HHS Activates Disaster Teams for the First Time
The nation's health workers mobilized an "unprecedented" effort to respond to the thousands of injuries resulting from yesterday's attacks on the World Trade Center in New York City and the Pentagon in Arlington, Va., the Wall Street Journal reports. In New York, there were more than 2,000 people reported injured, "and hospitals expected to see more." Arlington's Virginia Hospital Center, the official treatment center for the Pentagon casualties, had seen 37 injured people by last night. In response to the attacks, HHS Secretary Tommy Thompson for the first time activated all 80 of the nation's special disaster teams, which were created to respond to national disasters, plane crashes and bombings. The 7,000 private-sector health personnel on those teams were prepared to go to New York or Virginia if necessary. Thompson also advised burn unit teams, surgery units, forensic doctors and dentists to "be ready" to go to the disaster sites. Late yesterday, four teams of doctors and paramedics went to Stewart National Guard Base in Newburgh, N.Y., north of New York City, and three such teams went to the Anacostia Receiving Center in Washington, D.C. (Lueck, Wall Street Journal, 9/12). Those teams each include 35 physicians, nurses and emergency medical technicians and equipment and supplies to enable the team to be self-sufficient for 72 hours. The main job of the teams is to treat trauma victims at the disaster scene and to perform triage. Besides the medical teams, four mortuary teams consisting of morticians, anthropologists and forensic investigators were dispatched to New York and three to Washington to "identify victims and prepare them for burial." Late yesterday, the Military Sealift Command was preparing to dispatch to New York USNS Comfort, a hospital ship that carries 935 medical and support personnel and can treat at least 500 people (Okie/Brown, Washington Post, 9/12).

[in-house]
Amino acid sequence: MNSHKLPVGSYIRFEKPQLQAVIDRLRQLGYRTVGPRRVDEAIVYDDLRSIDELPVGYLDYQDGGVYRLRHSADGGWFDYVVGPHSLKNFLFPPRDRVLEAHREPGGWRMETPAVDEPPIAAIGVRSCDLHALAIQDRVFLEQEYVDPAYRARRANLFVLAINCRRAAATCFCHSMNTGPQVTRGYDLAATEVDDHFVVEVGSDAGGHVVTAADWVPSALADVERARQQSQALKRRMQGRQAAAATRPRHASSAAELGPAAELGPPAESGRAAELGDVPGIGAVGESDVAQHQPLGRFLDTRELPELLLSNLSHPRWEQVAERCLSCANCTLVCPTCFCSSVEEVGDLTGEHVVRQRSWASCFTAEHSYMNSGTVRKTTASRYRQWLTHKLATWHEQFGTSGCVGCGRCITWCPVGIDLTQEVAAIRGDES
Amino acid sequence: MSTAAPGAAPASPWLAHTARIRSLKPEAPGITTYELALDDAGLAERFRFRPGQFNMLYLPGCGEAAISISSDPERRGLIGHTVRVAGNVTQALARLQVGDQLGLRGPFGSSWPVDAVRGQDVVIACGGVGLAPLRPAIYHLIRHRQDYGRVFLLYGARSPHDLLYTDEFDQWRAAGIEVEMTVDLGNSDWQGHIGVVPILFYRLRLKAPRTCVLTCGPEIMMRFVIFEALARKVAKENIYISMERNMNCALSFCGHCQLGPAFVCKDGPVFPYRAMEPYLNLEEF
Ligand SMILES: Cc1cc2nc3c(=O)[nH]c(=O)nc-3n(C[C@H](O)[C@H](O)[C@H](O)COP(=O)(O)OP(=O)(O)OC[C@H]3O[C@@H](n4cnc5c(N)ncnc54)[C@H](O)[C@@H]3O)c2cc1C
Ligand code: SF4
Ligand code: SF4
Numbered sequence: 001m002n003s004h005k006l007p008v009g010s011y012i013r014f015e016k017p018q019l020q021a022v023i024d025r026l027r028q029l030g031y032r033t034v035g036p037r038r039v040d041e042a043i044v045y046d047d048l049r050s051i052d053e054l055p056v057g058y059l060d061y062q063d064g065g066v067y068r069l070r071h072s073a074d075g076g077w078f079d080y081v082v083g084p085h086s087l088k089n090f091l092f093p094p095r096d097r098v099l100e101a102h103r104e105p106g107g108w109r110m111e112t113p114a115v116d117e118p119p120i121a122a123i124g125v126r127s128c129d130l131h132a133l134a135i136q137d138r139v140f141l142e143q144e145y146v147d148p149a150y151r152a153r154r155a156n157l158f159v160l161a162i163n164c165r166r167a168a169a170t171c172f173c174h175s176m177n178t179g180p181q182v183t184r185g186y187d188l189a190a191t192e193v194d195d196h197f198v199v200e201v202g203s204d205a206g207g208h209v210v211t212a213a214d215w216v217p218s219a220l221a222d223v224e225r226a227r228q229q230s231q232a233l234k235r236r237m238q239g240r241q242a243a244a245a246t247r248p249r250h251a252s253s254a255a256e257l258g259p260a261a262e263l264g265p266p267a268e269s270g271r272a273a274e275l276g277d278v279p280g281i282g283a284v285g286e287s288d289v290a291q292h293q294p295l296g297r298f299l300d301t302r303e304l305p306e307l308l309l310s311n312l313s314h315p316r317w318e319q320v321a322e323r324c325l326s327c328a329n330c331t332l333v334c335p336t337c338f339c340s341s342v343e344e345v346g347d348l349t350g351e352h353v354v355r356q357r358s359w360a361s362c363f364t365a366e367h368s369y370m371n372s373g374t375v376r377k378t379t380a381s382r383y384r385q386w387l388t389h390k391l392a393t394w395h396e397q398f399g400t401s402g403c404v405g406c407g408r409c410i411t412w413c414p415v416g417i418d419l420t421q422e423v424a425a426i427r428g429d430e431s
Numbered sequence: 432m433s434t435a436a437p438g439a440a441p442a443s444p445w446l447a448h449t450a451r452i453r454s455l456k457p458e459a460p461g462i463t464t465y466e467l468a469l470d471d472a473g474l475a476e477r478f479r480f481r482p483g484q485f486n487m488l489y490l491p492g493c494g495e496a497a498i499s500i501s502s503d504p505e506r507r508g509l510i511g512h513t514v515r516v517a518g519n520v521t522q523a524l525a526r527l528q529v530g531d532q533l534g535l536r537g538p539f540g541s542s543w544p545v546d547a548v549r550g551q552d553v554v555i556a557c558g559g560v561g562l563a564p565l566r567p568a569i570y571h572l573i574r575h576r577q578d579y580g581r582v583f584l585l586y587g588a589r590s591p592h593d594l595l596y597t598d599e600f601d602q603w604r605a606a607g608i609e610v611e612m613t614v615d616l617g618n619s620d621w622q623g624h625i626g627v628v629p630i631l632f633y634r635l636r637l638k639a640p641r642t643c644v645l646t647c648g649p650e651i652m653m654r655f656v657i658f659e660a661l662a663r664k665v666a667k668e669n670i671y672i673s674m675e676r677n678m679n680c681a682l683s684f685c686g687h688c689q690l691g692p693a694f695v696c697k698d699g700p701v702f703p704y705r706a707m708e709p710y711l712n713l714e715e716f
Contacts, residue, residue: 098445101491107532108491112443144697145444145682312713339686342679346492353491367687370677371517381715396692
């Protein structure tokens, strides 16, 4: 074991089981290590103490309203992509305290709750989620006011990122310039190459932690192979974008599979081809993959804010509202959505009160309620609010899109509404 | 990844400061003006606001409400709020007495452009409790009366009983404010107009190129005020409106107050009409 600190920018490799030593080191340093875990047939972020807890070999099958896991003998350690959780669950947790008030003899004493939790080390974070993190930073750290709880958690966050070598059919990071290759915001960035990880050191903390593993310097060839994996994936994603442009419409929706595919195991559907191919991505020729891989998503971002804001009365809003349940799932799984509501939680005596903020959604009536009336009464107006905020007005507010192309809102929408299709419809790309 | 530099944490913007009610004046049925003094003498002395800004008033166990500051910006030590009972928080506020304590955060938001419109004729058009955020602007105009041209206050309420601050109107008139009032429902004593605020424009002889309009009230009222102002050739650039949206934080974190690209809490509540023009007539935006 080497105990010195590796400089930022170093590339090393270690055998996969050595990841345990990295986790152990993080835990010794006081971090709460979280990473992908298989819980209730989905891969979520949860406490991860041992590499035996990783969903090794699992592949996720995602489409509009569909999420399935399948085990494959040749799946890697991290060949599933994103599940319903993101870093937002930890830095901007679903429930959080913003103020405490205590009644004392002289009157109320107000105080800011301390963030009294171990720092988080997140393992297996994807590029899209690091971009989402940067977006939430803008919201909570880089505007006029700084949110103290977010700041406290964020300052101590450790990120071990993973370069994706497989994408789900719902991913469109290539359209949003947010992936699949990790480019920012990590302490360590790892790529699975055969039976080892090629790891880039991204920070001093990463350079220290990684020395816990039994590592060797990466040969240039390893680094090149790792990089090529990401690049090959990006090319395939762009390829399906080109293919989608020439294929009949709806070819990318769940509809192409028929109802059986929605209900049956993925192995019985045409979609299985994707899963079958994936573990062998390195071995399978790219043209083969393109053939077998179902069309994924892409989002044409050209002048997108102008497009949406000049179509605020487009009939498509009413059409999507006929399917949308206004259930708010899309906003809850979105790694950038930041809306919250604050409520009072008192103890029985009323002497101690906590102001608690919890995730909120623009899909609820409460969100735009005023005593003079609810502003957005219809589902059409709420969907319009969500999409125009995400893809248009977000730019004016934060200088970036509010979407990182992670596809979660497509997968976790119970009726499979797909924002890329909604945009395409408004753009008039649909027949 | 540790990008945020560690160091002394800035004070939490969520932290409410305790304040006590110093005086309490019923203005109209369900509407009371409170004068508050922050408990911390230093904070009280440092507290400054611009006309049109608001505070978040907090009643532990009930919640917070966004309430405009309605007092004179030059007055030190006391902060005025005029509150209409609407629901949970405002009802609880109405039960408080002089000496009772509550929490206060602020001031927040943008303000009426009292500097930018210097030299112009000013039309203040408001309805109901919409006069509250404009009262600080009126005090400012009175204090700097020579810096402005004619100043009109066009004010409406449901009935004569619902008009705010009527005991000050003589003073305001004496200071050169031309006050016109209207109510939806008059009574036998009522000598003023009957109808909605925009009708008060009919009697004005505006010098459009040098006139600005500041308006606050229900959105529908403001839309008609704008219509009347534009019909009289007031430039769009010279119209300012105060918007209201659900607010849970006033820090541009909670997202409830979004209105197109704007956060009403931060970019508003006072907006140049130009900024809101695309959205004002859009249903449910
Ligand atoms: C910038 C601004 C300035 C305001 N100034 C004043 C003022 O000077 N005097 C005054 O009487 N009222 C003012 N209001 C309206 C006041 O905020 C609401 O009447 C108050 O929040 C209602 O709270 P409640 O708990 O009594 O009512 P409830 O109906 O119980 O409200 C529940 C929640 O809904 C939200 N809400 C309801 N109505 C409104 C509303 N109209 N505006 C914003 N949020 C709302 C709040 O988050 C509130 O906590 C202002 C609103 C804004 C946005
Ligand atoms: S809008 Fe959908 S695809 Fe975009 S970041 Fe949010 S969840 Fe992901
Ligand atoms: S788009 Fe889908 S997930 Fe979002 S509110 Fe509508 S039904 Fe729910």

HHS officials said they will continue to work with the Federal Emergency Management Agency, as well as health officials in New York and Virginia, to "assess medical needs and provide medical and emergency personnel" (HHS release, 9/11). Specifically, HHS is working with hospitals to "track their capacity and provide more beds if necessary" (Wall Street Journal, 9/12). The Department of Veterans Affairs is making available many emergency beds in its hospitals near the attack sites (HHS release, 9/11). Thompson also authorized the first-ever emergency use of the two-year-old National Pharmaceutical Stockpile, which will deliver "substantial" medical supplies to the disaster sites. The CDC is releasing one of eight prepackaged "12-Hour Push Packages," which contain medicines, intravenous supplies, airway supplies, emergency medications, bandages and dressings. Each "package" comprises "several truckloads of materials." In addition, the CDC is providing 84,000 bags of intravenous fluid and other intravenous supplies, 350 portable ventilators and 250 stationary ventilators (HHS release, 9/11). Besides HHS, the Falls Church, Va.-based American Red Cross Disaster Operations Center is on national alert and will dispatch "hundreds" of disaster specialists to the scenes (Bloomberg News, 9/11). During a news conference yesterday, Thompson said, "It is now our mission to begin healing from this tragedy. From the moment that we learned of these attacks, the Department of Health and Human Services has begun readying teams and resources to be sent to New York City and the Washington area to meet any needs of state and local officials. ... In short, we're making the full force of the Department of Health and Human Services, both as resources and medical expertise, available to the areas that need our assistance" (White House release, 9/11).This is part of the California Healthline Daily Edition, a summary of health policy coverage from major news organizations. Sign up for an email subscription.